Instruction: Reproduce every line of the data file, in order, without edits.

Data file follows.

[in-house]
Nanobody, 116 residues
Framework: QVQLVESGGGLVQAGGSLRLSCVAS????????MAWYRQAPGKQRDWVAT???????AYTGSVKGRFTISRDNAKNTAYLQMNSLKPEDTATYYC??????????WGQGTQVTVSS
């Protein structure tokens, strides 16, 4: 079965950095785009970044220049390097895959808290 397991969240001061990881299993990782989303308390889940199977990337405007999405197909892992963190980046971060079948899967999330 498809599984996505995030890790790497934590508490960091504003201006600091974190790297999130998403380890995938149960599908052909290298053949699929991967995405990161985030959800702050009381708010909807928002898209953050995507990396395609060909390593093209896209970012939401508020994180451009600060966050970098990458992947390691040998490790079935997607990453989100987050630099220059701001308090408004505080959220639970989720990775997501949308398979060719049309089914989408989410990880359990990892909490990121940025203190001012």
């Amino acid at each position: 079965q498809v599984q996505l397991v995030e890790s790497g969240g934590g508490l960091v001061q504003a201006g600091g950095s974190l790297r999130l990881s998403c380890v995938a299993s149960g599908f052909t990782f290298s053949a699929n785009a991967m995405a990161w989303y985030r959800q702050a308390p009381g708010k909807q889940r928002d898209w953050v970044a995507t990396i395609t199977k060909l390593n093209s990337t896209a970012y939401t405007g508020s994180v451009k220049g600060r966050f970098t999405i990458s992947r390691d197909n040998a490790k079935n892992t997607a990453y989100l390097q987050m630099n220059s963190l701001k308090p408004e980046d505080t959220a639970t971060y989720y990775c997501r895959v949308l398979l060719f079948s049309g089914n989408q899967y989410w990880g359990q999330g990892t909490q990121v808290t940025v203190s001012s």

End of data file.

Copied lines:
[in-house]
Nanobody, 116 residues
Framework: QVQLVESGGGLVQAGGSLRLSCVAS????????MAWYRQAPGKQRDWVAT???????AYTGSVKGRFTISRDNAKNTAYLQMNSLKPEDTATYYC??????????WGQGTQVTVSS
């Protein structure tokens, strides 16, 4: 079965950095785009970044220049390097895959808290 397991969240001061990881299993990782989303308390889940199977990337405007999405197909892992963190980046971060079948899967999330 498809599984996505995030890790790497934590508490960091504003201006600091974190790297999130998403380890995938149960599908052909290298053949699929991967995405990161985030959800702050009381708010909807928002898209953050995507990396395609060909390593093209896209970012939401508020994180451009600060966050970098990458992947390691040998490790079935997607990453989100987050630099220059701001308090408004505080959220639970989720990775997501949308398979060719049309089914989408989410990880359990990892909490990121940025203190001012």
């Amino acid at each position: 079965q498809v599984q996505l397991v995030e890790s790497g969240g934590g508490l960091v001061q504003a201006g600091g950095s974190l790297r999130l990881s998403c380890v995938a299993s149960g599908f052909t990782f290298s053949a699929n785009a991967m995405a990161w989303y985030r959800q702050a308390p009381g708010k909807q889940r928002d898209w953050v970044a995507t990396i395609t199977k060909l390593n093209s990337t896209a970012y939401t405007g508020s994180v451009k220049g600060r966050f970098t999405i990458s992947r390691d197909n040998a490790k079935n892992t997607a990453y989100l390097q987050m630099n220059s963190l701001k308090p408004e980046d505080t959220a639970t971060y989720y990775c997501r895959v949308l398979l060719f079948s049309g089914n989408q899967y989410w990880g359990q999330g990892t909490q990121v808290t940025v203190s001012s």